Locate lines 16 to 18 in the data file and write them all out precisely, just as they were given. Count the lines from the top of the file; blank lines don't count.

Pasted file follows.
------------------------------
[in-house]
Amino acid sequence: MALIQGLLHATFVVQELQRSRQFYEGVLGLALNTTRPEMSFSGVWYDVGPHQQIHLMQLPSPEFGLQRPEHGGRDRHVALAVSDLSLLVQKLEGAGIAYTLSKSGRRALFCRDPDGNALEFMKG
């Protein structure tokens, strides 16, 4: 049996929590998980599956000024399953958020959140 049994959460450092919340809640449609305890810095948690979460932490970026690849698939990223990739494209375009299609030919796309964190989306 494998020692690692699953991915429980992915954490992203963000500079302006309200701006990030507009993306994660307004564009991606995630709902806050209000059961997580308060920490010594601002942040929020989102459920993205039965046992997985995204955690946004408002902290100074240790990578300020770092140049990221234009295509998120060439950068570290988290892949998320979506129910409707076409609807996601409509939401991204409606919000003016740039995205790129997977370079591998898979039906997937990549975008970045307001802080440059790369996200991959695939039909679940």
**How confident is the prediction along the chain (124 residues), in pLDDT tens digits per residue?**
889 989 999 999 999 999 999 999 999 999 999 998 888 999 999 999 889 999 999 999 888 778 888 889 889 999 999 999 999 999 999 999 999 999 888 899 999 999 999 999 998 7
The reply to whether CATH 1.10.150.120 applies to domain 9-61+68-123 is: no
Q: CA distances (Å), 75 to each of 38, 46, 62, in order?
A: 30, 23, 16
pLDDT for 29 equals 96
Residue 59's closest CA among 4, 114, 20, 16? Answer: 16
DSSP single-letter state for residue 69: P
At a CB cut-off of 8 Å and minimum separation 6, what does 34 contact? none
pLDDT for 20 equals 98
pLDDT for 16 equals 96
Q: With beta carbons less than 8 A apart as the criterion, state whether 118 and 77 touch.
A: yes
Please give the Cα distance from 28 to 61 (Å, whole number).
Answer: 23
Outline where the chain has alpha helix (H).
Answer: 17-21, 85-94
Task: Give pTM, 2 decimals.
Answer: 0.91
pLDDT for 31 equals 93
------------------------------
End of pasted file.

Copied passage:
A: yes
Please give the Cα distance from 28 to 61 (Å, whole number).
Answer: 23